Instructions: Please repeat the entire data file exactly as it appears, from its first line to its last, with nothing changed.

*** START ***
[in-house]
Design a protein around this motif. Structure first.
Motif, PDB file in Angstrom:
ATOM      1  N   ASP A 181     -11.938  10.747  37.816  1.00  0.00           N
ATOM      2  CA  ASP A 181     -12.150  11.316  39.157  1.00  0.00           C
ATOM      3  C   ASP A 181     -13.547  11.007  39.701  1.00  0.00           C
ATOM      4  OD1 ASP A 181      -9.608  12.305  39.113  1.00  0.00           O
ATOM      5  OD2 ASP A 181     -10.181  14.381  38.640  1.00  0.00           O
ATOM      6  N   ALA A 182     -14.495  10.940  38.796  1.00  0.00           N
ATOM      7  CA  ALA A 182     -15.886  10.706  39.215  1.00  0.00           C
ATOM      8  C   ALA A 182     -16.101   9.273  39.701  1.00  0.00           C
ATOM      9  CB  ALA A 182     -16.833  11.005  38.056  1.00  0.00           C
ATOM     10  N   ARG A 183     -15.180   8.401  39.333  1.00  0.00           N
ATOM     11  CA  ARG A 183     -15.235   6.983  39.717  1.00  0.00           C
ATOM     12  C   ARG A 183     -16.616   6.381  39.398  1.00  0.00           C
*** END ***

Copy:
[in-house]
Design a protein around this motif. Structure first.
Motif, PDB file in Angstrom:
ATOM      1  N   ASP A 181     -11.938  10.747  37.816  1.00  0.00           N
ATOM      2  CA  ASP A 181     -12.150  11.316  39.157  1.00  0.00           C
ATOM      3  C   ASP A 181     -13.547  11.007  39.701  1.00  0.00           C
ATOM      4  OD1 ASP A 181      -9.608  12.305  39.113  1.00  0.00           O
ATOM      5  OD2 ASP A 181     -10.181  14.381  38.640  1.00  0.00           O
ATOM      6  N   ALA A 182     -14.495  10.940  38.796  1.00  0.00           N
ATOM      7  CA  ALA A 182     -15.886  10.706  39.215  1.00  0.00           C
ATOM      8  C   ALA A 182     -16.101   9.273  39.701  1.00  0.00           C
ATOM      9  CB  ALA A 182     -16.833  11.005  38.056  1.00  0.00           C
ATOM     10  N   ARG A 183     -15.180   8.401  39.333  1.00  0.00           N
ATOM     11  CA  ARG A 183     -15.235   6.983  39.717  1.00  0.00           C
ATOM     12  C   ARG A 183     -16.616   6.381  39.398  1.00  0.00           C